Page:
Billionaire business tycoon and founder of the Virgin Group, Sir Richard Branson, has offer as collateral his luxury island resort to help get a bailout package for the stricken airline Virgin Atlantic from the United Kingdom government.
He was seeking a loan and not a handout form the government, Branson said in an open letter to the employees. The amount is predicted to be about £500m.
He said that his Necker Island home in the Caribbean could be mortgaged against a loan for the ailing airline whose survival was at stake.
The pledge came at time when Virgin Group’s airline in Australia was sent into administration.
Both the airlines of the group have been hit hard by the novel coronavirus pandemic and the consequent van on traveling, and an appeal to governments of both countries was made by Branson.
However, there has been criticism of his appeal to governments as critics pointed out to his huge wealth while he was seeking to get help from taxpayers’ money. It is estimated that the personal wealth of Branson is well over £4bn.
49 per cent stake in Virgin Atlantic is owned by the large United States airline Delta.
“Many airlines around the world need government support and many have already received it,” said Branson in his letter to the employees. He also added that the crisisthat was being faced by the airlines as well as by the staff was “unprecedented.”
He said that even though he had wealth, it did not automatically mean that he had “cash in a bank account ready to withdraw”. Replying to his critics, Branson said that he was a tax exile and therefore did not deserve help. He said that he and his wife “did not leave Britain for tax reasons but for our love of the beautiful British Virgin Islands and in particular Necker Island”.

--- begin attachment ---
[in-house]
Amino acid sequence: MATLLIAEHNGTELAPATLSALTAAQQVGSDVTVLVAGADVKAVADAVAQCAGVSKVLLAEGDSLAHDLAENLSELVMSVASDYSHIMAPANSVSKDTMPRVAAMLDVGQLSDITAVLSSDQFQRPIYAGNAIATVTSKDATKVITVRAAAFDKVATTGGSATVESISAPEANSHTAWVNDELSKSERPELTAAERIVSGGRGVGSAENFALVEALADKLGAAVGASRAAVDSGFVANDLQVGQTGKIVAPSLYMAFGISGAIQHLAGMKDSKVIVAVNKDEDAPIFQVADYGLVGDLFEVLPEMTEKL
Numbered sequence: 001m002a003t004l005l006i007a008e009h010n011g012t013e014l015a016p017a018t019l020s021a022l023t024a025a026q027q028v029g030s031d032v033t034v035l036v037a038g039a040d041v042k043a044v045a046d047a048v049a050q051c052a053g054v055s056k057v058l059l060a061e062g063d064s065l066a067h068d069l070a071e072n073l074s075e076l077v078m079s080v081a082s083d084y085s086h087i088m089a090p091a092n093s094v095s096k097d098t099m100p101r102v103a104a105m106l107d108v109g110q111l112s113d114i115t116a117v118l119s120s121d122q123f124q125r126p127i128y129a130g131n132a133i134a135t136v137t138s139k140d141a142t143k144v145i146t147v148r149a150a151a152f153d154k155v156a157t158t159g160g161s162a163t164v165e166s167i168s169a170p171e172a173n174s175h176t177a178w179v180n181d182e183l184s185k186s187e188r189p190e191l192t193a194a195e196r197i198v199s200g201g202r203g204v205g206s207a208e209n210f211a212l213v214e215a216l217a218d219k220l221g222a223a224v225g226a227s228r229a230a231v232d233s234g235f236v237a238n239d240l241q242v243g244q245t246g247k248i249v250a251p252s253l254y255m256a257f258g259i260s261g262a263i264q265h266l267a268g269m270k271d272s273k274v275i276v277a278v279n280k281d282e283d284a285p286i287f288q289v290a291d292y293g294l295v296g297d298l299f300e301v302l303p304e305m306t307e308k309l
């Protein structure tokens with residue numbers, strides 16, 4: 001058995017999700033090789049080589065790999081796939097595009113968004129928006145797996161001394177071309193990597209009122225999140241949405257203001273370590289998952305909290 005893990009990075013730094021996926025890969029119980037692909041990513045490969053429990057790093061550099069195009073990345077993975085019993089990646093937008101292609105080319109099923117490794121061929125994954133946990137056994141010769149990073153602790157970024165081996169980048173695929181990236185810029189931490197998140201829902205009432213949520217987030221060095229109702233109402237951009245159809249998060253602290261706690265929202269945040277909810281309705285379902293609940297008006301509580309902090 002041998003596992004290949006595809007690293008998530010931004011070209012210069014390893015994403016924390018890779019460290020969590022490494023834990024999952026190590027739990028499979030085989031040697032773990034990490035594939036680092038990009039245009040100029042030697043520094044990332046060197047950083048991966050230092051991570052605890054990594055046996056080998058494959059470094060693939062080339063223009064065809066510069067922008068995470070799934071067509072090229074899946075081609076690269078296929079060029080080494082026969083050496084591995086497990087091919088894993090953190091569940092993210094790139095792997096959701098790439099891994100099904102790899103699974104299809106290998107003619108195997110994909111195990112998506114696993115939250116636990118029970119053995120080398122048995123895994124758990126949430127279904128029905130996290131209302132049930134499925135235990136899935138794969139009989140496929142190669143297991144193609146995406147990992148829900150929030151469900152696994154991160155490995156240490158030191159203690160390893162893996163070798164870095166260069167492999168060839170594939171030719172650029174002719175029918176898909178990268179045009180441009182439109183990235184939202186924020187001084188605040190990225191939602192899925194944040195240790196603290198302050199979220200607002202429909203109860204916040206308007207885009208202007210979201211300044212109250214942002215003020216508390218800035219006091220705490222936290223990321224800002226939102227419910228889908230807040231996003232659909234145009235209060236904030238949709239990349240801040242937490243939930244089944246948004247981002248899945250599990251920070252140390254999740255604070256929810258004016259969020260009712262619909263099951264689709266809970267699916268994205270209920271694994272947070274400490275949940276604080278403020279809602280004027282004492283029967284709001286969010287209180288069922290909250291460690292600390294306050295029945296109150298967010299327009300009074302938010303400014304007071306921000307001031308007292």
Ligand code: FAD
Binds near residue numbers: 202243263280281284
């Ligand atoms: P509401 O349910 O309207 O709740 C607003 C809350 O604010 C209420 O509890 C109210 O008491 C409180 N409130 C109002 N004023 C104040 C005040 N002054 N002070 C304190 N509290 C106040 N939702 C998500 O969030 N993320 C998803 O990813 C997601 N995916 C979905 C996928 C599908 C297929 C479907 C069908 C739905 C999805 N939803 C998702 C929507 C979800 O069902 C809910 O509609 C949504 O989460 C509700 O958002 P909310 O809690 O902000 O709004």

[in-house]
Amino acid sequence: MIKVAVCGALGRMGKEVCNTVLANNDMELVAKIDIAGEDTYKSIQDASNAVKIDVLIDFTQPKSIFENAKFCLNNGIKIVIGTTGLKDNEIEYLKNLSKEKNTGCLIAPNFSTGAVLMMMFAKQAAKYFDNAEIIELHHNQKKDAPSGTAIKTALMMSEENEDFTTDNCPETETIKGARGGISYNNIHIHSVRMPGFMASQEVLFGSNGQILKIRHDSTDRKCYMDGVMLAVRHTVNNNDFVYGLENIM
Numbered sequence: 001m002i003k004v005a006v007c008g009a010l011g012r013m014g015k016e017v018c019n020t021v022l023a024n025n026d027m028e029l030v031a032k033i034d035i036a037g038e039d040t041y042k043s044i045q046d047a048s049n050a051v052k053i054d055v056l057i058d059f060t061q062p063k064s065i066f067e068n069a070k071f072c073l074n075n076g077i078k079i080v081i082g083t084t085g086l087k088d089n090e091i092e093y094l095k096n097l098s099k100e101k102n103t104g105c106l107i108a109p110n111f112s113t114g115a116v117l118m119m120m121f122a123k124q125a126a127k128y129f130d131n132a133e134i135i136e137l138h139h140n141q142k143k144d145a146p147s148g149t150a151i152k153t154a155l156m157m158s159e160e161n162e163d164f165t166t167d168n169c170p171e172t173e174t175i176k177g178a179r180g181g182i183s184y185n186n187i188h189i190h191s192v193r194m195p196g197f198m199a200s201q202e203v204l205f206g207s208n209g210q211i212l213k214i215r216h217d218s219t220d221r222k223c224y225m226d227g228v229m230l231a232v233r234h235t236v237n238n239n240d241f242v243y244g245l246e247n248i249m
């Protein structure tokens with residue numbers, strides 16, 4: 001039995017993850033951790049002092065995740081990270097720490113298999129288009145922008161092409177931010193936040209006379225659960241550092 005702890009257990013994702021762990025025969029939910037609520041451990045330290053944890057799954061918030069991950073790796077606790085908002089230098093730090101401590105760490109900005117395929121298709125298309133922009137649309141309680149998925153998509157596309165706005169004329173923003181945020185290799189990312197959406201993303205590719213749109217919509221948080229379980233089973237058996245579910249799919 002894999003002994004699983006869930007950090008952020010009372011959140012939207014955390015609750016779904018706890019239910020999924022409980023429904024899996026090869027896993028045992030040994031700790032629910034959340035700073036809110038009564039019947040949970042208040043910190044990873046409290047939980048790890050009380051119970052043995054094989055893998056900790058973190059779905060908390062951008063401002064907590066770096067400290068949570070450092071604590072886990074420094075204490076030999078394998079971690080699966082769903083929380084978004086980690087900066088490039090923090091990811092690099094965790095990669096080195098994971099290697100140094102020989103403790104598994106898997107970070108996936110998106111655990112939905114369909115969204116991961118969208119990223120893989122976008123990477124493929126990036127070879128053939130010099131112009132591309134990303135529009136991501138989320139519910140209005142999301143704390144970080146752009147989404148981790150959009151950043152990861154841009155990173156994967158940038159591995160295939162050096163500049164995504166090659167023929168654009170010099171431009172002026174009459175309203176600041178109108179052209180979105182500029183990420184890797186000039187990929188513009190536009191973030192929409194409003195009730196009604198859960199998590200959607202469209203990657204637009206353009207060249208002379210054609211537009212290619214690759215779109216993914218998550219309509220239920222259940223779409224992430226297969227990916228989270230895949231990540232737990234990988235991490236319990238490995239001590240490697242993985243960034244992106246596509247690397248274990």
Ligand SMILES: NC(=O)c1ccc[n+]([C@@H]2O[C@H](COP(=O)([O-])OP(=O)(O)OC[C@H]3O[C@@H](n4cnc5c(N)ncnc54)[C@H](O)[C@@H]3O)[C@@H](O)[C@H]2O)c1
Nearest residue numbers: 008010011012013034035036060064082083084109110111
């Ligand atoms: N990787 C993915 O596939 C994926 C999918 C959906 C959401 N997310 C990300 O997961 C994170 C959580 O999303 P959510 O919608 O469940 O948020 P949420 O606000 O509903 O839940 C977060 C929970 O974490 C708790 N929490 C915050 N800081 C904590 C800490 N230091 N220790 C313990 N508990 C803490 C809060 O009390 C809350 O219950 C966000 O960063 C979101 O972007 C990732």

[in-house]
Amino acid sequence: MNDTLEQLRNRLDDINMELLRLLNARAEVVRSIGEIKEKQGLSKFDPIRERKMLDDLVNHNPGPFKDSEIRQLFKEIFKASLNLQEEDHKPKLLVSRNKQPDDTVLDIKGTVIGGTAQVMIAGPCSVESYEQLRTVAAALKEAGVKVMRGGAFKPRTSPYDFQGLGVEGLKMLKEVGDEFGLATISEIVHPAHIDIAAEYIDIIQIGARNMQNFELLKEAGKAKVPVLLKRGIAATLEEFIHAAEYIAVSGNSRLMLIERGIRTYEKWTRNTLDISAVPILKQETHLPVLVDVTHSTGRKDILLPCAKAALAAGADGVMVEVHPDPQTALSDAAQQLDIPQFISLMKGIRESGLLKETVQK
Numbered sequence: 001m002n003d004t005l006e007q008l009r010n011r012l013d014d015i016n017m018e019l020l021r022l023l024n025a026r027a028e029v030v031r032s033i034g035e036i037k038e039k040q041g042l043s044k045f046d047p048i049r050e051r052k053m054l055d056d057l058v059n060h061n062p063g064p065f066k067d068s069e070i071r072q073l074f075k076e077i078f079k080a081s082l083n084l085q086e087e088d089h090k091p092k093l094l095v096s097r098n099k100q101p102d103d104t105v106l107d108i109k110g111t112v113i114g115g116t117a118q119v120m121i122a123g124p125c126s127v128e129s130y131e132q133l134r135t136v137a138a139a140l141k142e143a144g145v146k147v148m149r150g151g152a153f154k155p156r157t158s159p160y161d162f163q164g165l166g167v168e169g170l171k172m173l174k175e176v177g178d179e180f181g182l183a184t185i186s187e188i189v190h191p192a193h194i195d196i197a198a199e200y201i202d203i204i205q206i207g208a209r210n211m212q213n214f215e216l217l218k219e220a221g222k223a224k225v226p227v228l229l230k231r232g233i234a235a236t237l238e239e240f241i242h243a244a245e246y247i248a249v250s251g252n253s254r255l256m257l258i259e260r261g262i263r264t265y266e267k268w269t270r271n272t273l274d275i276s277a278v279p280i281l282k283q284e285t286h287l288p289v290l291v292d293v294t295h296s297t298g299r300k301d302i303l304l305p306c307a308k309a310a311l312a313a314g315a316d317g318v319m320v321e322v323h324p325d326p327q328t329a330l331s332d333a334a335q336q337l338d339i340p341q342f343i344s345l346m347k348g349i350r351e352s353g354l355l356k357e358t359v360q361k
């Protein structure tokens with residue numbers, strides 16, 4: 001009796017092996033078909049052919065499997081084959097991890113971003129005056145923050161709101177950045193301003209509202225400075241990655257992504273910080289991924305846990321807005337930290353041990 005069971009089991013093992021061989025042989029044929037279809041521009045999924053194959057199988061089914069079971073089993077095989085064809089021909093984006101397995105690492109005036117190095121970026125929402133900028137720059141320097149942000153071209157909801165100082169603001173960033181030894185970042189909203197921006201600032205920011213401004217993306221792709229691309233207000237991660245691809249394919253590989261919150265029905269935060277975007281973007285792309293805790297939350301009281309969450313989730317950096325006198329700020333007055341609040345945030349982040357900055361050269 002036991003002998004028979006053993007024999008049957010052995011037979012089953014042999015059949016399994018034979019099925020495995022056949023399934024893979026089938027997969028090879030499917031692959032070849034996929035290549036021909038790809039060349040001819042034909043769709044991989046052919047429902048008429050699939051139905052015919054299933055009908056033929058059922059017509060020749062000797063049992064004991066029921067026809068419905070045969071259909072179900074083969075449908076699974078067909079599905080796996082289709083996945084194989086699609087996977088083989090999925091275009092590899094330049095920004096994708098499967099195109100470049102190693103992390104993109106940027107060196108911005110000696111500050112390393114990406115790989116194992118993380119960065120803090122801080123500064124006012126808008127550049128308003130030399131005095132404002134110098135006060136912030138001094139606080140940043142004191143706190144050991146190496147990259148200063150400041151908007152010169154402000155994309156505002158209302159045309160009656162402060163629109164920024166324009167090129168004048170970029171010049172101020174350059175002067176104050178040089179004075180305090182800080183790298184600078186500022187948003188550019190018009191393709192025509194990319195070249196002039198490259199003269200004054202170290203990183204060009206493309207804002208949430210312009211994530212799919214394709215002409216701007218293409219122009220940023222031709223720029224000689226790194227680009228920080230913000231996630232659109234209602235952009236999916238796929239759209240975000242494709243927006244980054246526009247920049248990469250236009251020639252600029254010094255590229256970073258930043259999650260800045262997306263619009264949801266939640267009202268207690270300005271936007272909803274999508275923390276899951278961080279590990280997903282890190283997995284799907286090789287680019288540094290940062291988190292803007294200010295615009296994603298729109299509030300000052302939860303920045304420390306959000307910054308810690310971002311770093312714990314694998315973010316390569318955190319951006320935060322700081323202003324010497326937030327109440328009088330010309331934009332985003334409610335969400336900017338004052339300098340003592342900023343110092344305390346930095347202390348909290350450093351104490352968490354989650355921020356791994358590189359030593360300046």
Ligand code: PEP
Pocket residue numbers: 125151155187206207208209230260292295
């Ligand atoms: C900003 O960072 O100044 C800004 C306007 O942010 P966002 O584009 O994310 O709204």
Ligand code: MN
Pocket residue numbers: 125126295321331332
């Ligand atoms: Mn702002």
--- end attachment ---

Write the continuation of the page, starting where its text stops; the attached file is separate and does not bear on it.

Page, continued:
He would offer Necker as security for any loans that he would be offered, he said. “As with other Virgin assets, our team will raise as much money against the island as possible to save as many jobs as possible around the group,” Sir Richard said.
“We will do everything we can to keep the airline [Virgin Atlantic] going – but we will need government support to achieve that in the face of the severe uncertainty surrounding travel today and not knowing how long the planes will be grounded for,” Branson said in the letter to staff.
“This would be in the form of a commercial loan – it wouldn’t be free money and the airline would pay it back (as EasyJet will do for the £600m loan the government recently gave them).” he added.
36 years ago, the journey of Virgin Atlantic started with just one plane, Branson pointed out and then added: “Over those years it has created real competition for British Airways, which must remain fierce for the benefit of our wonderful customers and the public at large.”
Last month, he had offered an inject of £250m into the Virgin Group and most of that amount was earmarked for the airline.
(Adapted from BBC.com)